J. D. Mullane Why Catholic schools are closing?
Catholic schools are hanging on a thread of support by elderly faithful.
In 1961, the archdiocese had more than 250,000 students. Today, it has 68,000 — a 72 percent plummet.
Weekly church attendance in the archdiocese has cratered, from 80 percent in 1960 to about 15 percent today, according to the archdiocese’s October survey.
Just two percent of U.S. Catholics receive the Rite of Reconciliation (confession). And, despite 1.5 million members, baptisms in the Archdiocese of Philadelphia have declined 42 percent since 1991.
Poor church attendance has hollowed parishes. It’s an open secret that buildings, grounds and vital ministries are maintained by a fraction of registered members, who are generally older.
One way to rebuild this is to make church more of a network to help people. To find them jobs, to buy from each other’s businesses. A key way to do that is to accurately signal reliability and quality. Know each other’s work and promote those who are doing good work, have a good product, and are loyal. Be an Ark of Skills and a Network in an Ark.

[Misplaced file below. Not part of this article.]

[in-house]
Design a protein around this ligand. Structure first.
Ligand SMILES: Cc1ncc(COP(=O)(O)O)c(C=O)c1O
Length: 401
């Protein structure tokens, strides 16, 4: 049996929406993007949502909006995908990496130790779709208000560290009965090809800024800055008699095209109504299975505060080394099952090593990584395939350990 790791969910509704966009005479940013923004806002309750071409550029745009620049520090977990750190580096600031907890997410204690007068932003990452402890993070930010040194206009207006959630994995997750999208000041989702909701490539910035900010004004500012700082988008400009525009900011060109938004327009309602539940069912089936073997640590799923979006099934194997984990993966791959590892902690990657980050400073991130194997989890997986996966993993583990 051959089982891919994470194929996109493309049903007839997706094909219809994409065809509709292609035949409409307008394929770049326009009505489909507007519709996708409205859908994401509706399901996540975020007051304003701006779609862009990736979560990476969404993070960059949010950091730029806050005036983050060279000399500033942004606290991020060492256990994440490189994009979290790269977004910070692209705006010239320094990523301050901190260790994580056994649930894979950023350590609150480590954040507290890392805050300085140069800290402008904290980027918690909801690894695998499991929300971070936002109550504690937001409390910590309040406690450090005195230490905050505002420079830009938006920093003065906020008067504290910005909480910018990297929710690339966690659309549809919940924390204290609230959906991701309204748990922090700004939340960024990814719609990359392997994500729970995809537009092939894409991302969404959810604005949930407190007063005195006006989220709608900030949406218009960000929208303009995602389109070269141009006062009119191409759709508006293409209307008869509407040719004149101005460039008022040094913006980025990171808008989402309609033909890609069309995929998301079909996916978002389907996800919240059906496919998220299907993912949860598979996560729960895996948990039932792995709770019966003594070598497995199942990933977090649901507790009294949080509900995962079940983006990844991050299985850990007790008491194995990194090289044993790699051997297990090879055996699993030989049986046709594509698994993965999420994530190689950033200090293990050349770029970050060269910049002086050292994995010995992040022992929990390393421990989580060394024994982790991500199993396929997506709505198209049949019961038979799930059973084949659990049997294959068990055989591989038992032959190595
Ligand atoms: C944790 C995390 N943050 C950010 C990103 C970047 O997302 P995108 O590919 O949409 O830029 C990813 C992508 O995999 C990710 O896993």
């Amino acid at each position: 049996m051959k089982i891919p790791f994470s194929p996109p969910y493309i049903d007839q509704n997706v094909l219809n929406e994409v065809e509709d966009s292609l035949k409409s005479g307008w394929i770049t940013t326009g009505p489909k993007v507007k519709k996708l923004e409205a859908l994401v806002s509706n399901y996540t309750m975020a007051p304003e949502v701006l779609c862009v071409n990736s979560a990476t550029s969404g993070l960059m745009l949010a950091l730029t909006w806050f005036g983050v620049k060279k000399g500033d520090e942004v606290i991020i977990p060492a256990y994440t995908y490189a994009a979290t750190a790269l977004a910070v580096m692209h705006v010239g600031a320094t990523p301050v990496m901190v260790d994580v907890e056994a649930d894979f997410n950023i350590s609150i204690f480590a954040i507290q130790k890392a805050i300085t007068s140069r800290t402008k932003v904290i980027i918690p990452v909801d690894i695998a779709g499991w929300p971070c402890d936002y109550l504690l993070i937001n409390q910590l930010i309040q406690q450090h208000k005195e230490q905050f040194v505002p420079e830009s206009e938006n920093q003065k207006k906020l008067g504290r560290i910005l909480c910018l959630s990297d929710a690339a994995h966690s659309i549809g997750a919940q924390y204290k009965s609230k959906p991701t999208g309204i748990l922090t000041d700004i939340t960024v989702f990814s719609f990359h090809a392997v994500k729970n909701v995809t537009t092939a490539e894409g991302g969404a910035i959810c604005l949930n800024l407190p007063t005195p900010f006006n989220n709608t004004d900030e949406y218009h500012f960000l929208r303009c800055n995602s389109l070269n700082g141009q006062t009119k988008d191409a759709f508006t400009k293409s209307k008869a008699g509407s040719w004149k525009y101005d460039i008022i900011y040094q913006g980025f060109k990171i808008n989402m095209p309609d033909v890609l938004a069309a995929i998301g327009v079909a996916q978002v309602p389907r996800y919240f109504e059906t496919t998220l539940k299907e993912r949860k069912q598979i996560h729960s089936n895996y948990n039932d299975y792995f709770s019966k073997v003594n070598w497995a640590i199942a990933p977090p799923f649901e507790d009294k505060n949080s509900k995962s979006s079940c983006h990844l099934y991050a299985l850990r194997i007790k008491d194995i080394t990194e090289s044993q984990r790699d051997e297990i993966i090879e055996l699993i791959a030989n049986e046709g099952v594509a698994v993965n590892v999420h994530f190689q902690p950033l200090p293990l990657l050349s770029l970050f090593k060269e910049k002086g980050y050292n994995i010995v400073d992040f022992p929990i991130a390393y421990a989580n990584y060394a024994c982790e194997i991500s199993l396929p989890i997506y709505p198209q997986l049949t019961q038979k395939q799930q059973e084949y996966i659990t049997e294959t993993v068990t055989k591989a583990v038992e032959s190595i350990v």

Teach and promote the skills that people need. Try to make math, computers, and other subjects part of what is taught. Incorporate them. Have study groups during the week to use the facilities to teach and pass these on. Be a hub.